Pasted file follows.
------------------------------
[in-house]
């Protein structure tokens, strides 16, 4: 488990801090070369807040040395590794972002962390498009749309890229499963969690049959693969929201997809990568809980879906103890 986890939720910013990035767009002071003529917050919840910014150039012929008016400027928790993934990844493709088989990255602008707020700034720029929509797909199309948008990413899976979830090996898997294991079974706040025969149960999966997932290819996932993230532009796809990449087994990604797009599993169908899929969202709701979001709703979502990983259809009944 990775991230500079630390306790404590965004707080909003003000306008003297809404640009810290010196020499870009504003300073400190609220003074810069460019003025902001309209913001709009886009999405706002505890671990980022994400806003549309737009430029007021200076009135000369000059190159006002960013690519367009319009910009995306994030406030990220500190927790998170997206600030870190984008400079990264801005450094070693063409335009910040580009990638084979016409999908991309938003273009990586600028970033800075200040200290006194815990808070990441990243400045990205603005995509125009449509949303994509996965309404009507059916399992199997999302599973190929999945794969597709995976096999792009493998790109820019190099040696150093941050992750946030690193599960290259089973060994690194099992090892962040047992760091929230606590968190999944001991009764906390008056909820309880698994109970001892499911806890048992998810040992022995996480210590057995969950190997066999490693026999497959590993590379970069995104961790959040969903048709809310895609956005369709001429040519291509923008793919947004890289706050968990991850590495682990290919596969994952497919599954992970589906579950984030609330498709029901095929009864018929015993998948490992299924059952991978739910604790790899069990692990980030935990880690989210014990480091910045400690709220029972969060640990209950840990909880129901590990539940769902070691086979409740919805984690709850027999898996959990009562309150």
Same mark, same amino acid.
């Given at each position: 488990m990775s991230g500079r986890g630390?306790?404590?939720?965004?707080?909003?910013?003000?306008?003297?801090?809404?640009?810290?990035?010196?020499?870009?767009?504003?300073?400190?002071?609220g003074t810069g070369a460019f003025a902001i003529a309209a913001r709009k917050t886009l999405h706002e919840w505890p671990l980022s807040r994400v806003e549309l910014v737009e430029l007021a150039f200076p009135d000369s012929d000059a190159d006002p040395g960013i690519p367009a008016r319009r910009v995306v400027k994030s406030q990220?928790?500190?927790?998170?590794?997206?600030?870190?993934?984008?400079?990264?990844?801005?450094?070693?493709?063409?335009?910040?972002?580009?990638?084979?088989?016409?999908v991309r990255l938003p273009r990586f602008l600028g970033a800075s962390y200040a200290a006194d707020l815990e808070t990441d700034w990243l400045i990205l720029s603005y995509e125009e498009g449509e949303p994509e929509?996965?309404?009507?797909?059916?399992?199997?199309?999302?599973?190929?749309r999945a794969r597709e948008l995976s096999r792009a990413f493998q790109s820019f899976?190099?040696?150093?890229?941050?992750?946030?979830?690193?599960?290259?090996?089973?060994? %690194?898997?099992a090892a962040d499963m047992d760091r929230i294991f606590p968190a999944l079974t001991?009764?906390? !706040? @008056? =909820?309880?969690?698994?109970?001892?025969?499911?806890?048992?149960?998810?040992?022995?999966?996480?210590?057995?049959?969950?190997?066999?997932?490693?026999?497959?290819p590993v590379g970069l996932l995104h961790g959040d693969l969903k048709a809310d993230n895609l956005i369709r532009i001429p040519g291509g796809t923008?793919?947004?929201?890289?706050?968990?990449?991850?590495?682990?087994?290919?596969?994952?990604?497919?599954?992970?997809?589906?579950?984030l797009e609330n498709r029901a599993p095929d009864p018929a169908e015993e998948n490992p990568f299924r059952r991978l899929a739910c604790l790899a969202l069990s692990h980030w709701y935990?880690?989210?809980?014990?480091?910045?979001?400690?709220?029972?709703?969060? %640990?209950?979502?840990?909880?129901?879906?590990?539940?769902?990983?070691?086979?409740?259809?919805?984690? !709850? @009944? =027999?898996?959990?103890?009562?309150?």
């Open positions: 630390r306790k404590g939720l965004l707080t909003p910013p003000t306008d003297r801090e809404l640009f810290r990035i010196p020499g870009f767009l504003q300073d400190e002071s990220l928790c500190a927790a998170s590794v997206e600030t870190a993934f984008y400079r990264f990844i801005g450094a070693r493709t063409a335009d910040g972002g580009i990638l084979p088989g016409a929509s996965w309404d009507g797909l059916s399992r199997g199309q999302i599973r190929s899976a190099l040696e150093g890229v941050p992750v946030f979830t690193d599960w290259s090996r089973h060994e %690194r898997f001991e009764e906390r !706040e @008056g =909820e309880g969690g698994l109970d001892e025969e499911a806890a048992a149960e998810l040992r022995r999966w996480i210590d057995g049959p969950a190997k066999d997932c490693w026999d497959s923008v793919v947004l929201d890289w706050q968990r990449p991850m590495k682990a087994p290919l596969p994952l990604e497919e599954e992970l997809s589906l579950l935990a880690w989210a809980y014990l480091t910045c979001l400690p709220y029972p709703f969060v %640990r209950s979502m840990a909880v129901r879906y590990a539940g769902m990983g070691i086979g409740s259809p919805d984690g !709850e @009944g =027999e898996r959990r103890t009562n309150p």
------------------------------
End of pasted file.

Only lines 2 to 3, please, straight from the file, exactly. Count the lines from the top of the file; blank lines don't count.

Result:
């Protein structure tokens, strides 16, 4: 488990801090070369807040040395590794972002962390498009749309890229499963969690049959693969929201997809990568809980879906103890 986890939720910013990035767009002071003529917050919840910014150039012929008016400027928790993934990844493709088989990255602008707020700034720029929509797909199309948008990413899976979830090996898997294991079974706040025969149960999966997932290819996932993230532009796809990449087994990604797009599993169908899929969202709701979001709703979502990983259809009944 990775991230500079630390306790404590965004707080909003003000306008003297809404640009810290010196020499870009504003300073400190609220003074810069460019003025902001309209913001709009886009999405706002505890671990980022994400806003549309737009430029007021200076009135000369000059190159006002960013690519367009319009910009995306994030406030990220500190927790998170997206600030870190984008400079990264801005450094070693063409335009910040580009990638084979016409999908991309938003273009990586600028970033800075200040200290006194815990808070990441990243400045990205603005995509125009449509949303994509996965309404009507059916399992199997999302599973190929999945794969597709995976096999792009493998790109820019190099040696150093941050992750946030690193599960290259089973060994690194099992090892962040047992760091929230606590968190999944001991009764906390008056909820309880698994109970001892499911806890048992998810040992022995996480210590057995969950190997066999490693026999497959590993590379970069995104961790959040969903048709809310895609956005369709001429040519291509923008793919947004890289706050968990991850590495682990290919596969994952497919599954992970589906579950984030609330498709029901095929009864018929015993998948490992299924059952991978739910604790790899069990692990980030935990880690989210014990480091910045400690709220029972969060640990209950840990909880129901590990539940769902070691086979409740919805984690709850027999898996959990009562309150």
Same mark, same amino acid.